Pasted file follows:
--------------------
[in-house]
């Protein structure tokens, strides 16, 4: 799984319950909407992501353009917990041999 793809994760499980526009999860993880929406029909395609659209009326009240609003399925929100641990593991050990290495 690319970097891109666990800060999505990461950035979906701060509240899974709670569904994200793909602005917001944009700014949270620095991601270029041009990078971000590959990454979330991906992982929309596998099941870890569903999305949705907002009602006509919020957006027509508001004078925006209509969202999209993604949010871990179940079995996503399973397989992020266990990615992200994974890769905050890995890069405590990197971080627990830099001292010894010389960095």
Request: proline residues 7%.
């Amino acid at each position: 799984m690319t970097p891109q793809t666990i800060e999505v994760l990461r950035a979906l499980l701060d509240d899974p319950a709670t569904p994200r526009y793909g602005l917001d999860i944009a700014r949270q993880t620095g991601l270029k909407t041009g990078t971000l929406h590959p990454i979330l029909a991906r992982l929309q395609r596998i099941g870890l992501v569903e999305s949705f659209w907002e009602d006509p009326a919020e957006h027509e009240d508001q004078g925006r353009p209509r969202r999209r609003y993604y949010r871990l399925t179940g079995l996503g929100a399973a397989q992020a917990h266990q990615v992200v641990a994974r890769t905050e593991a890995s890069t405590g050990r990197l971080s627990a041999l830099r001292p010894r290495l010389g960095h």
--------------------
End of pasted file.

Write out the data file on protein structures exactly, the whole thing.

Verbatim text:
[in-house]
């Protein structure tokens, strides 16, 4: 799984319950909407992501353009917990041999 793809994760499980526009999860993880929406029909395609659209009326009240609003399925929100641990593991050990290495 690319970097891109666990800060999505990461950035979906701060509240899974709670569904994200793909602005917001944009700014949270620095991601270029041009990078971000590959990454979330991906992982929309596998099941870890569903999305949705907002009602006509919020957006027509508001004078925006209509969202999209993604949010871990179940079995996503399973397989992020266990990615992200994974890769905050890995890069405590990197971080627990830099001292010894010389960095």
Request: proline residues 7%.
């Amino acid at each position: 799984m690319t970097p891109q793809t666990i800060e999505v994760l990461r950035a979906l499980l701060d509240d899974p319950a709670t569904p994200r526009y793909g602005l917001d999860i944009a700014r949270q993880t620095g991601l270029k909407t041009g990078t971000l929406h590959p990454i979330l029909a991906r992982l929309q395609r596998i099941g870890l992501v569903e999305s949705f659209w907002e009602d006509p009326a919020e957006h027509e009240d508001q004078g925006r353009p209509r969202r999209r609003y993604y949010r871990l399925t179940g079995l996503g929100a399973a397989q992020a917990h266990q990615v992200v641990a994974r890769t905050e593991a890995s890069t405590g050990r990197l971080s627990a041999l830099r001292p010894r290495l010389g960095h």